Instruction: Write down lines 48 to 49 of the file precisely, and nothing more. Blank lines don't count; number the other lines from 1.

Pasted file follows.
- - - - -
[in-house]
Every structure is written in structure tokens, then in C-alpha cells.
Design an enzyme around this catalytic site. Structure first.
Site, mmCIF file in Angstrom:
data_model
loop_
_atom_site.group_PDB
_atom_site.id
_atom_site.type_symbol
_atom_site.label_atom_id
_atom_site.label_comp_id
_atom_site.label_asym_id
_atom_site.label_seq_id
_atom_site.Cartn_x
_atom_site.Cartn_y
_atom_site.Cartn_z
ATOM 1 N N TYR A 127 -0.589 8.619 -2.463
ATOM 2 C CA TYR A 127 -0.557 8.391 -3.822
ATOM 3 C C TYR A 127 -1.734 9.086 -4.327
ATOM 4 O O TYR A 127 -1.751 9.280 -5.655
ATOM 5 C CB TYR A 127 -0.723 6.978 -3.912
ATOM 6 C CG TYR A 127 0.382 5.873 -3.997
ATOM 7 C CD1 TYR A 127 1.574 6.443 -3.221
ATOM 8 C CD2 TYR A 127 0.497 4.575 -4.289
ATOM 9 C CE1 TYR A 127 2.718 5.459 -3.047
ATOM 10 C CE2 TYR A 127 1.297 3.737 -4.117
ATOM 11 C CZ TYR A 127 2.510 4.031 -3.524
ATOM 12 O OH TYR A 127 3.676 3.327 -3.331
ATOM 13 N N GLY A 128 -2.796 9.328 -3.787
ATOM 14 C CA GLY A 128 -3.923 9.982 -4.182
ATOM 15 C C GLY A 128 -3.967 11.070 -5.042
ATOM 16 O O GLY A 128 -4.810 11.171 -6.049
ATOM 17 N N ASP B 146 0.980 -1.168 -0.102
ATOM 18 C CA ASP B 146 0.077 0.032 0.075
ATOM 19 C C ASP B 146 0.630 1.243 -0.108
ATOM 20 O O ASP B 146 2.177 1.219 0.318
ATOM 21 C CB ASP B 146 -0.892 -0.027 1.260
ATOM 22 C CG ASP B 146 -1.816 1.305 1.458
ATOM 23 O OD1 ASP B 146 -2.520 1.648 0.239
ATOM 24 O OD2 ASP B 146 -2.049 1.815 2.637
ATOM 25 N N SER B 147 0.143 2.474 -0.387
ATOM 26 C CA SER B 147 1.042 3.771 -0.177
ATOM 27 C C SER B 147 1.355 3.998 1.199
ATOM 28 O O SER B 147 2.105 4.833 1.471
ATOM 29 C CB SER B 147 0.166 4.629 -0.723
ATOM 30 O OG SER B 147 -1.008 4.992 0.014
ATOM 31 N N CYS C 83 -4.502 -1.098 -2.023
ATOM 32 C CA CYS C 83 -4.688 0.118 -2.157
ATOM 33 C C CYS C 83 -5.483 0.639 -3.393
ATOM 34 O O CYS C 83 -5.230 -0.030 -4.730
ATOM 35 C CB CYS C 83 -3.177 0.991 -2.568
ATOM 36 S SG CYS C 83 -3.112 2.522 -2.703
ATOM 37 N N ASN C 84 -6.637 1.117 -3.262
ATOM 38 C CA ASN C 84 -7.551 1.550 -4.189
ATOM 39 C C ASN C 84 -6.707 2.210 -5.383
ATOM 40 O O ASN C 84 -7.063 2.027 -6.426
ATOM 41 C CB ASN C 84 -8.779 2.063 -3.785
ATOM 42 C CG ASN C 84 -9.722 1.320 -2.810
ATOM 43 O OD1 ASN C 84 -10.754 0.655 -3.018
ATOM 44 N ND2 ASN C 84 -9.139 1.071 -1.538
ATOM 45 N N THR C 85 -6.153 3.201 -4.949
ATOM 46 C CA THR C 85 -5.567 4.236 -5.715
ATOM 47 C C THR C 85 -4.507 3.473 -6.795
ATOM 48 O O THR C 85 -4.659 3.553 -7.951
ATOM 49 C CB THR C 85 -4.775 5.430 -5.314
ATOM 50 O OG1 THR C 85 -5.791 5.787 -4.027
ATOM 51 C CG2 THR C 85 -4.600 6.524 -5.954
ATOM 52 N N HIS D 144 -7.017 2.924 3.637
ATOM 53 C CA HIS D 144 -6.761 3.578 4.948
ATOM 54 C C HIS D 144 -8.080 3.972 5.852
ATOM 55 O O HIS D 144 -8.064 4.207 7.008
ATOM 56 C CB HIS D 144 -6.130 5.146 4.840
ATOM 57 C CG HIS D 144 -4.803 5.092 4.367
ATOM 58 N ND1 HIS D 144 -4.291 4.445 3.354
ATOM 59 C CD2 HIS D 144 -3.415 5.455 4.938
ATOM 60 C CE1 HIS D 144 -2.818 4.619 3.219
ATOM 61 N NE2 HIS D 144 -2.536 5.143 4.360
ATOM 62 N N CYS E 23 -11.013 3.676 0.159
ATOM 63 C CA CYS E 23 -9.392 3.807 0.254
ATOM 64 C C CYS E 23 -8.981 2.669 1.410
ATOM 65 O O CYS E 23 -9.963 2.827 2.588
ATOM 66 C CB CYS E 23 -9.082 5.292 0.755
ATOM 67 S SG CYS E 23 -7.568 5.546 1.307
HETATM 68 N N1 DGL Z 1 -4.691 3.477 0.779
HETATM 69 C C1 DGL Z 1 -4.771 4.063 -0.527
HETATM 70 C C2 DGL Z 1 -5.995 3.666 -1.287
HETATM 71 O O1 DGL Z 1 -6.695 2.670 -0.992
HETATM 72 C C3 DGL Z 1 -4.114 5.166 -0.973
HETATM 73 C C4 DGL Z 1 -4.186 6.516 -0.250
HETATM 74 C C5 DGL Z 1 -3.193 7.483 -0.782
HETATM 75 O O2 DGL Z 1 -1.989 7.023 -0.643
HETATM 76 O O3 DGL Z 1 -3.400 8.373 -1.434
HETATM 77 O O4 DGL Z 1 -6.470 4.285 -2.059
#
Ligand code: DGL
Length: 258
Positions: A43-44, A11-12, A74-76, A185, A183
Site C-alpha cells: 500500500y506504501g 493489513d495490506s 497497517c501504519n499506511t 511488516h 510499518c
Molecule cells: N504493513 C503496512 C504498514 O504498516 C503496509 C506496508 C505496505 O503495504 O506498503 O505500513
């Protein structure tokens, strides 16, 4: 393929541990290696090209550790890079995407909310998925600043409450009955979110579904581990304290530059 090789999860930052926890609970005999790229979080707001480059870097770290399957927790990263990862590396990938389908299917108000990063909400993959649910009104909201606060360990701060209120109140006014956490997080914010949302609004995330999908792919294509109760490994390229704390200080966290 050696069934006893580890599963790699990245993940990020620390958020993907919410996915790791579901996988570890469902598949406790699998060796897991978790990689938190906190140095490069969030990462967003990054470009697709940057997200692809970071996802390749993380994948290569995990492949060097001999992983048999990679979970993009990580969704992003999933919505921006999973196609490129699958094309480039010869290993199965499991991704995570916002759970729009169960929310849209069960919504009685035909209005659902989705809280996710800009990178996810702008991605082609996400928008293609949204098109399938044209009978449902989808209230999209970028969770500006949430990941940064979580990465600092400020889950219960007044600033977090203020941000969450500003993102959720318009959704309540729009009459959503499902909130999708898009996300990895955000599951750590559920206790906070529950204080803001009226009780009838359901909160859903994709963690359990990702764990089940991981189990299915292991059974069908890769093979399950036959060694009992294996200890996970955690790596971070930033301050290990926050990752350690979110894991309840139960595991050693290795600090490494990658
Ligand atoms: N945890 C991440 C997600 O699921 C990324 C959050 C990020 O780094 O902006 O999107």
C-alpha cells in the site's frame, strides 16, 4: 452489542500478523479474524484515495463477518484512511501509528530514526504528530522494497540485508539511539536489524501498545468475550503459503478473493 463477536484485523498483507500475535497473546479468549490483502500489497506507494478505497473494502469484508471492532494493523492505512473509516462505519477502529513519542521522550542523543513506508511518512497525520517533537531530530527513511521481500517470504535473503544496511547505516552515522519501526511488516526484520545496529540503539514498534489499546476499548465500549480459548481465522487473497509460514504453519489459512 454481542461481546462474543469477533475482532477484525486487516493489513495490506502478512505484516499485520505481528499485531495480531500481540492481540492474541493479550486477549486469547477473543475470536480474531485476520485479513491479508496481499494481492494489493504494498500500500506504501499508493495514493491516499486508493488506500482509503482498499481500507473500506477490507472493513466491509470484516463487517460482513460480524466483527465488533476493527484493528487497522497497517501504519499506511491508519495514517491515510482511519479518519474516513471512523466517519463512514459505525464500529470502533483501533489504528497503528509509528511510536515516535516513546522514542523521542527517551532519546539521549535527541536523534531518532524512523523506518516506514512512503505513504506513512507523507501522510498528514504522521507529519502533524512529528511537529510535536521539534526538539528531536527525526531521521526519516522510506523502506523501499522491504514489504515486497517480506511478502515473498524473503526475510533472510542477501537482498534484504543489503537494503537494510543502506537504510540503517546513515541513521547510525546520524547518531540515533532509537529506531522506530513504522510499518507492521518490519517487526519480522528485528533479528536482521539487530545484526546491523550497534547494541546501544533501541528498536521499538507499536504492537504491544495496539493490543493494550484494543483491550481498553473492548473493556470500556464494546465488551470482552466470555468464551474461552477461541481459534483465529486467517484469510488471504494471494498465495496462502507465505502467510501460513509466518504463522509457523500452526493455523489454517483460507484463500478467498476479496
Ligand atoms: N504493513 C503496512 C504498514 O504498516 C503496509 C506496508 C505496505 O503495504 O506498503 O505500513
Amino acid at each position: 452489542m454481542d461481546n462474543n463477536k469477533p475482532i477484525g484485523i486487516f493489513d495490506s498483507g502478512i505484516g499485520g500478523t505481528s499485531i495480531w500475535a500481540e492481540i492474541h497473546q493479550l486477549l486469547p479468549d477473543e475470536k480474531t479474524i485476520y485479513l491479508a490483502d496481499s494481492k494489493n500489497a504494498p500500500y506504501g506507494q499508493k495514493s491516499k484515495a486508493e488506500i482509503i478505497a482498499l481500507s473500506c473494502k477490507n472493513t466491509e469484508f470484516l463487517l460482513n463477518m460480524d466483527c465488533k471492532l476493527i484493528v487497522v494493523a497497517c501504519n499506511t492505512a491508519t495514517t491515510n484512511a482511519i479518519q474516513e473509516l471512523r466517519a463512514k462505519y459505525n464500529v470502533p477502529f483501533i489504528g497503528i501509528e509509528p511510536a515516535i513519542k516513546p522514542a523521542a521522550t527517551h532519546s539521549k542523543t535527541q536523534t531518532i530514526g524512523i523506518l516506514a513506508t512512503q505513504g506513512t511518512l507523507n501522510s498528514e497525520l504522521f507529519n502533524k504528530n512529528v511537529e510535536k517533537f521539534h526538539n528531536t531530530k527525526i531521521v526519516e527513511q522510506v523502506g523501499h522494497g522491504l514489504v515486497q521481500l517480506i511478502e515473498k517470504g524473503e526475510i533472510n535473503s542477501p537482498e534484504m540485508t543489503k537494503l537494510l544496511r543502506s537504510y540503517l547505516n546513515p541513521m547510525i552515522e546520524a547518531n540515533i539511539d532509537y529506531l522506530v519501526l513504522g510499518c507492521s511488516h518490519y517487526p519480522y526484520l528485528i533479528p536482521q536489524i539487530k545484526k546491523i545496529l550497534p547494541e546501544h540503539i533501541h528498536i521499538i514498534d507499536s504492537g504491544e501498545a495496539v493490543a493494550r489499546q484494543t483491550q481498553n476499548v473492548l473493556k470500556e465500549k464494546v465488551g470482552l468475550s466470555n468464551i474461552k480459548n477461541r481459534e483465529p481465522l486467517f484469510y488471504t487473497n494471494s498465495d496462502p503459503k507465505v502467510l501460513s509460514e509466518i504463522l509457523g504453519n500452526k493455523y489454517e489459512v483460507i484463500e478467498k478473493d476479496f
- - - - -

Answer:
ATOM 32 C CA CYS C 83 -4.688 0.118 -2.157
ATOM 33 C C CYS C 83 -5.483 0.639 -3.393